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Question: I walked off my last job in frustration with a boss who constantly belittled me and others, never gave clear guidance and ripped apart anything that wasn't his idea. I know that not giving two weeks' notice may hurt me, so how do I explain it in job interviews?
Answer: It may be easier than you think to deal with this issue, so don't beat yourself up about quitting suddenly.
Feeling undervalued or unrecognized at work is one of the main reasons why employees quit. It sounds as though you couldn't stand the abuse you were getting from you boss for another moment and that walking out was the right thing for you to do.
"If people are so abused on the job that it hurts them mentally or physically or in their private lives, then walking out is sometimes what they need to do for themselves," says Russ Jones, a partner with First Transitions Inc., an Oak Brook, Ill., outplacement firm.
Potential employers may never know that you walked out without giving notice, so don't bring it up unless you're asked. But you'll need to craft a carefully-worded and dispassionate statement to explain why you left. Tell the truth but keep your answer very general. As much as you're tempted, don't blame your boss. There are always two sides to every situation, and employers may shy away from someone who doesn't seem to take responsibility for problems. You might say, "My manager and I had very different work styles and I decided to leave."
However, be prepared to answer a follow-up question based on your first response, says Mr. Jones. For example, in the answer above, you mentioned differences in style, so you might be asked to explain your boss's style. Here you could say, "My previous supervisor and I had a very open collaborative relationship. But my latest boss took the opposite approach and I felt I was working for a different company."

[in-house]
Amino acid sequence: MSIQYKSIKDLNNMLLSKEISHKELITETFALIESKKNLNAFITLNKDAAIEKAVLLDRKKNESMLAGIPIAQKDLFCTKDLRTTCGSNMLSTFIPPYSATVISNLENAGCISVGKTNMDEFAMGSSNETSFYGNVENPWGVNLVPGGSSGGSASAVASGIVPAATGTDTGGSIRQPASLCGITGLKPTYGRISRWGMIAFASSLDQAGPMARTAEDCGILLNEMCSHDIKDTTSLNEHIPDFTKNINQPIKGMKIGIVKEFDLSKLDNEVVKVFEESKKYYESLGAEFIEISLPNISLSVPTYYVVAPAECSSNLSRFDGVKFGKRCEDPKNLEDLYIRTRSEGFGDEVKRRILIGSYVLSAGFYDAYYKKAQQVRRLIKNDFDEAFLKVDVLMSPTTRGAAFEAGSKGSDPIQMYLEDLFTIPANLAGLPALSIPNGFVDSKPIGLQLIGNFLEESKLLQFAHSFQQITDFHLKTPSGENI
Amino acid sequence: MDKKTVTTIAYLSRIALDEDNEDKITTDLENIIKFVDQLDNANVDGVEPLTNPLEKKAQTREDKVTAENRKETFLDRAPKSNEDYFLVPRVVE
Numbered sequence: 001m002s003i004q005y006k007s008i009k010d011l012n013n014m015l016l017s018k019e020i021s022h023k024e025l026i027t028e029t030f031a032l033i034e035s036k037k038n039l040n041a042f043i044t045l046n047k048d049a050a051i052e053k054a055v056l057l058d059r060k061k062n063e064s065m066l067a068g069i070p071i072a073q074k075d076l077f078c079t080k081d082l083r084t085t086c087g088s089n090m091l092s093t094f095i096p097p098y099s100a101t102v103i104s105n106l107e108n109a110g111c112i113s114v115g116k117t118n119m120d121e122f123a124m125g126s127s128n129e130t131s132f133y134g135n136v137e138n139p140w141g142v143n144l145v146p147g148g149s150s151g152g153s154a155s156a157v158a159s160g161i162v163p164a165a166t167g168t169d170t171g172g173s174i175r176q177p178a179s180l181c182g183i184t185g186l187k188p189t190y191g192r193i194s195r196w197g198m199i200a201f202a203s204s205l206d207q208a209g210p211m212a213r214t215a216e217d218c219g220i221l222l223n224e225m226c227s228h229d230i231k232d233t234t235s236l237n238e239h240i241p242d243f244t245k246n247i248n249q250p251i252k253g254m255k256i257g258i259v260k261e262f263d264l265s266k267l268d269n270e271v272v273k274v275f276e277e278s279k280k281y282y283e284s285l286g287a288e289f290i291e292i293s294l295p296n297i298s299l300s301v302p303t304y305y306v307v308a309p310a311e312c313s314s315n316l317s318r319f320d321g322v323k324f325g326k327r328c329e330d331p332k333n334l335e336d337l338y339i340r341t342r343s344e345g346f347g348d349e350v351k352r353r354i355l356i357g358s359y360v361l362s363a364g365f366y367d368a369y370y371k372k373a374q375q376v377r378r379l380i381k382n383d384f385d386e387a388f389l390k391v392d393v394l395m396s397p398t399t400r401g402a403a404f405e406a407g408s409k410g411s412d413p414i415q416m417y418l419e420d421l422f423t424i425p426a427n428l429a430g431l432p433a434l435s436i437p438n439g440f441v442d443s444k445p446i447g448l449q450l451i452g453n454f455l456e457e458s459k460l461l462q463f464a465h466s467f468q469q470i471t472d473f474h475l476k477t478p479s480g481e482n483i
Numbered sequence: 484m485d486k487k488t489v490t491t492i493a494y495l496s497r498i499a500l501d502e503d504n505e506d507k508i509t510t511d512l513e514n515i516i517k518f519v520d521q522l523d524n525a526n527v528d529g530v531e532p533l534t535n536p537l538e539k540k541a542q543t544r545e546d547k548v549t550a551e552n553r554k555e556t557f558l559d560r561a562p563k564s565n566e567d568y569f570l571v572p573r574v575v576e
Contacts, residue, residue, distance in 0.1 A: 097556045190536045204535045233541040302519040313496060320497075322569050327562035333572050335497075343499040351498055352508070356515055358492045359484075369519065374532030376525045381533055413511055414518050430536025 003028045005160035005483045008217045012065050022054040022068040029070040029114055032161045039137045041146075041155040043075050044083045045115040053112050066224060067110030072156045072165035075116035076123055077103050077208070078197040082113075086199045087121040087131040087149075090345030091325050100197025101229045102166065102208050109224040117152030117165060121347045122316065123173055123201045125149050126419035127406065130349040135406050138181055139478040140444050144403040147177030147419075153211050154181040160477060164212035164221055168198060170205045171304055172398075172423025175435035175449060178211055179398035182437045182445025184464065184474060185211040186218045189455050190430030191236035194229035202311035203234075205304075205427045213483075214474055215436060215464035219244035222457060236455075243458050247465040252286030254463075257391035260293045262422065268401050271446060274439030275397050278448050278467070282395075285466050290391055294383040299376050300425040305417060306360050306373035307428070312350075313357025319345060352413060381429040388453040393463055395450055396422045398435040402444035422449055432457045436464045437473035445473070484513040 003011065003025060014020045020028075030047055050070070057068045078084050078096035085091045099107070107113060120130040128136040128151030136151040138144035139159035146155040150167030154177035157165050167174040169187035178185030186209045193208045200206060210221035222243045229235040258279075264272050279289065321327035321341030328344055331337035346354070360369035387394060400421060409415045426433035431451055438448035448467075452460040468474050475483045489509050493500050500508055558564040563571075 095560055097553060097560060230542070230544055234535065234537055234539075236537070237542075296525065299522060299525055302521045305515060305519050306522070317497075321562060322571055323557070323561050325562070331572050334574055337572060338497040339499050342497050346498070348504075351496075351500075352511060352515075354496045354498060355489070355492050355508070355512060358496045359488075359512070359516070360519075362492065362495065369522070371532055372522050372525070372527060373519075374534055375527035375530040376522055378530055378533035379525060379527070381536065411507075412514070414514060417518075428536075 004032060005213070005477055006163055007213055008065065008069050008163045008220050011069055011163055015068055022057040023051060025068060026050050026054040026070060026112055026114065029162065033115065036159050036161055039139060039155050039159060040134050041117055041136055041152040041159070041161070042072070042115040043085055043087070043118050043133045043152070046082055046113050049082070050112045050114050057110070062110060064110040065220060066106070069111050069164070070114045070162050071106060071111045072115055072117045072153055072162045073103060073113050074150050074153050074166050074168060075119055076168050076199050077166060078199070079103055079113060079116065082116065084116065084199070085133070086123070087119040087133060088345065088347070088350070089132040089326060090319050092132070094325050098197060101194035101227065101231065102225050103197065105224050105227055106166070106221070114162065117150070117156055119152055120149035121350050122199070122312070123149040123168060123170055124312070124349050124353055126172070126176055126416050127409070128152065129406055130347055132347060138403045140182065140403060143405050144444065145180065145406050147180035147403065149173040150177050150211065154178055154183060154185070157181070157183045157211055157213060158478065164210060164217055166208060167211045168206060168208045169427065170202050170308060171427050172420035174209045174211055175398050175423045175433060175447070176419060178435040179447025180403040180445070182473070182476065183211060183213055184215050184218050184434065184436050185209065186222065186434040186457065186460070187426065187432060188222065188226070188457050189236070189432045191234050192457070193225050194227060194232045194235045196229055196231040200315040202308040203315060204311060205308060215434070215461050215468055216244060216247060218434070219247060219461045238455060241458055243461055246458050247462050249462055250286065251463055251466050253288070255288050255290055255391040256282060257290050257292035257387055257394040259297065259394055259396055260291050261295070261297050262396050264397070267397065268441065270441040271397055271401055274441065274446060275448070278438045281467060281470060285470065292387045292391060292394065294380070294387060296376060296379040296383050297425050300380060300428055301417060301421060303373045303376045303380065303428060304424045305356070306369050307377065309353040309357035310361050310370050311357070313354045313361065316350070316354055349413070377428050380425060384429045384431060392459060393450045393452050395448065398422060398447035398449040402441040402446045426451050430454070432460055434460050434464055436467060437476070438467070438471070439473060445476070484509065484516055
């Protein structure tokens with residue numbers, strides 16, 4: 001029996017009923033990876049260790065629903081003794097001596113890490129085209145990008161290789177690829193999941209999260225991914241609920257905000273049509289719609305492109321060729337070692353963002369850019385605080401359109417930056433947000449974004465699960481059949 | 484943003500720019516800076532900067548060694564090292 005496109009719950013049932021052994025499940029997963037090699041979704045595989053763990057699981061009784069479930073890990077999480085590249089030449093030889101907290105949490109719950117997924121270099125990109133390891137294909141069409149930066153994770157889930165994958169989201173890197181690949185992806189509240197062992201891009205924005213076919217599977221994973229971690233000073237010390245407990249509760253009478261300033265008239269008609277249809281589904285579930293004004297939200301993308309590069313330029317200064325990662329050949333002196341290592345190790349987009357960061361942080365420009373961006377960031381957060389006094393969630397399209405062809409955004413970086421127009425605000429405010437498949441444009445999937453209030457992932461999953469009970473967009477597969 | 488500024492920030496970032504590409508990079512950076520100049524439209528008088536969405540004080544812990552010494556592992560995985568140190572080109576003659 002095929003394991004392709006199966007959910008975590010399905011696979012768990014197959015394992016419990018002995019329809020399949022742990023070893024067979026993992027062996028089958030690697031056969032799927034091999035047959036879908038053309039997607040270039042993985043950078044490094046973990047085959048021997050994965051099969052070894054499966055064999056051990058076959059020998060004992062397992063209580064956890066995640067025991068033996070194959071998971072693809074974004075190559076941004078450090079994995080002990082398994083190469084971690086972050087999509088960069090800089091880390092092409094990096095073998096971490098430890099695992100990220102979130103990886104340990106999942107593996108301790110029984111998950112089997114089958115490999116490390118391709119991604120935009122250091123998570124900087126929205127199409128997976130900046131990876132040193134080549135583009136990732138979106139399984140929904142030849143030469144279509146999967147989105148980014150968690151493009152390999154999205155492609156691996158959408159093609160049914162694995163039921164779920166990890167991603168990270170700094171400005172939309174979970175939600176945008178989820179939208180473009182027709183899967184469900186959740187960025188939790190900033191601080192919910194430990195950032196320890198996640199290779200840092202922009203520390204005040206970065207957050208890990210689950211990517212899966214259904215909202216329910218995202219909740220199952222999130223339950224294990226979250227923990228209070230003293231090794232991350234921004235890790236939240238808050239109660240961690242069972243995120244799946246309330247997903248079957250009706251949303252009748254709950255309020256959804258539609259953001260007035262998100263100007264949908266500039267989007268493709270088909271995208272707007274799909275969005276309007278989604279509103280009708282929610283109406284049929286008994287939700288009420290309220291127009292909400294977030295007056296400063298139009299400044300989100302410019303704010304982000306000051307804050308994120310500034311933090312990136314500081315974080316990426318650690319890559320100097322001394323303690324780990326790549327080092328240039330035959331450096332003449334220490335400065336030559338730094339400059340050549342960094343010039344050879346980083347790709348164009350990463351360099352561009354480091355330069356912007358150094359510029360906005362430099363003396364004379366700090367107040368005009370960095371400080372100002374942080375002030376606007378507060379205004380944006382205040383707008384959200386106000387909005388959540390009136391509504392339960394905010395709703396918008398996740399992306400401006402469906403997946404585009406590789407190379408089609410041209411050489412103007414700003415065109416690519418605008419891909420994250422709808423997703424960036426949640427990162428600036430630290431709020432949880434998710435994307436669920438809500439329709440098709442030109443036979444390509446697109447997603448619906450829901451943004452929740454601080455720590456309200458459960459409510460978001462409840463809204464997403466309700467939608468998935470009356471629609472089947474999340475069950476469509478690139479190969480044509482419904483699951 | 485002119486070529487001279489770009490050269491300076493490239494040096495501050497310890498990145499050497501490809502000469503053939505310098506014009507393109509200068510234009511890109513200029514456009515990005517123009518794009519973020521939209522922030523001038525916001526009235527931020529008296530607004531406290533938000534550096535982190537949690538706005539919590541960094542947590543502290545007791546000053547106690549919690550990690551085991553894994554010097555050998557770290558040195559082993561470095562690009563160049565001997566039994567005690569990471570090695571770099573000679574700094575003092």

Try to take some responsibility for what happened, says Christopher Seiwald, president of Perforce Software Inc. in Alameda, Calif. "If a candidate says his former boss was a jerk, it sends off alarms," says Mr. Seiwald. "But if you say, 'I couldn't handle my boss's style,' and concede a bit, you'll gain respect."
Perforce Software typically asks open-ended "behavioral" questions that require applicants to explain how they did something, Mr. Seiwald says. His company might probe to determine if you can get along with managers or if walking out is a pattern for you by asking something like: "Tell us about a situation where you and your manager didn't see eye-to-eye." Again, you might say, "In my last job, I felt I met all my objectives and delivered more than what was required. But my boss and I always had a different point of view. I resigned to devote myself full-time to finding a new position."
If you're contacted by an executive recruiter, you'll likely be asked more detailed questions about why you left your previous position, says Marie Rice, a managing director of Jay Gaines & Co. Inc, a New York search firm. In most cases, a recruiter will find out if you quit suddenly, she says.
"It would come out in our discussions about the circumstances surrounding the recent job transition," Ms. Rice says.
Recruiters try to explain any potential red flags about candidates to their clients. Tell the search executive truthfully, objectively and succinctly what happened. To ensure candidates were honest about a career misstep, most search firms will try to learn both sides of the story on their own, Ms. Rice says.
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